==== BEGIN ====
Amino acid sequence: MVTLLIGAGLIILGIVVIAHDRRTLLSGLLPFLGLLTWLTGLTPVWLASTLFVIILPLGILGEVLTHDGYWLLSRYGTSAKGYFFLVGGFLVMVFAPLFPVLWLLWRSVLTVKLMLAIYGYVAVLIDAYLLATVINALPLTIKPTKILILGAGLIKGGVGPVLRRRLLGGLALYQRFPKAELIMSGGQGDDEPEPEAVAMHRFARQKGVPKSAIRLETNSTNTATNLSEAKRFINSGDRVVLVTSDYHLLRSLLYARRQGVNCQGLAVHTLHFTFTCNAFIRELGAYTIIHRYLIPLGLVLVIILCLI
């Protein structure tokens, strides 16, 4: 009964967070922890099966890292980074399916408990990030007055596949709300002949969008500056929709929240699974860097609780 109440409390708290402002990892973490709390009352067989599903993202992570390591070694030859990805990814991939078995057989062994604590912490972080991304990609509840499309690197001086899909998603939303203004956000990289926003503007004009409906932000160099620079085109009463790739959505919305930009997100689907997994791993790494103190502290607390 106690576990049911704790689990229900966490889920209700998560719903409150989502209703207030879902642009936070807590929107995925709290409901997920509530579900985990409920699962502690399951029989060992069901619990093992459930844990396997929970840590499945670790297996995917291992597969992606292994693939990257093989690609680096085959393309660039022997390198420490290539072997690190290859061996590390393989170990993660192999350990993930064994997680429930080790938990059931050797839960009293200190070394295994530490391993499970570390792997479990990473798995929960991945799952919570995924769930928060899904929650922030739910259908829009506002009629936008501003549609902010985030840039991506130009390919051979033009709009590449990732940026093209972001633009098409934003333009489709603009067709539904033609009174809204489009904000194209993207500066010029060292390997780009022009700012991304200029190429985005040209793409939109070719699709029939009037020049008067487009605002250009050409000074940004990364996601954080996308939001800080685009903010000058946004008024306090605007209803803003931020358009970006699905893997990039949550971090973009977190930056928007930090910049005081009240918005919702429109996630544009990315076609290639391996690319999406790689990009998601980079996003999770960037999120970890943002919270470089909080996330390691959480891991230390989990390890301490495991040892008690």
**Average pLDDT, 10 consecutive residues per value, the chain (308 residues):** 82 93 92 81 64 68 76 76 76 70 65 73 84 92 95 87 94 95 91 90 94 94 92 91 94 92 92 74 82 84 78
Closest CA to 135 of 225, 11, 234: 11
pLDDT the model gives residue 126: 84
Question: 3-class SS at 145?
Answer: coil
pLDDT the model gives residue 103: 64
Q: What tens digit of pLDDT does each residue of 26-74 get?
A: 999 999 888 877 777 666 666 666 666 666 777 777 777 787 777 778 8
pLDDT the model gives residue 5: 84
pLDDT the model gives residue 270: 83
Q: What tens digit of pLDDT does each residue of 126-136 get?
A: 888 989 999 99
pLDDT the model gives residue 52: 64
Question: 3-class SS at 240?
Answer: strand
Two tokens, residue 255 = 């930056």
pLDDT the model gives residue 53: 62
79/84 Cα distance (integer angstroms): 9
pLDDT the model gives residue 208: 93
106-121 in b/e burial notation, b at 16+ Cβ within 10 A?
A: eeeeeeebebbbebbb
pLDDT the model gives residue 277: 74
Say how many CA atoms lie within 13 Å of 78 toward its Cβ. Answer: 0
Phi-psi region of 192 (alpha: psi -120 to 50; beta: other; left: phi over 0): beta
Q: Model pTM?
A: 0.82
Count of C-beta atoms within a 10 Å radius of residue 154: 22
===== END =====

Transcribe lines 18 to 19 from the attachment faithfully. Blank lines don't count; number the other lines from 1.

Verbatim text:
Two tokens, residue 255 = 């930056």
pLDDT the model gives residue 53: 62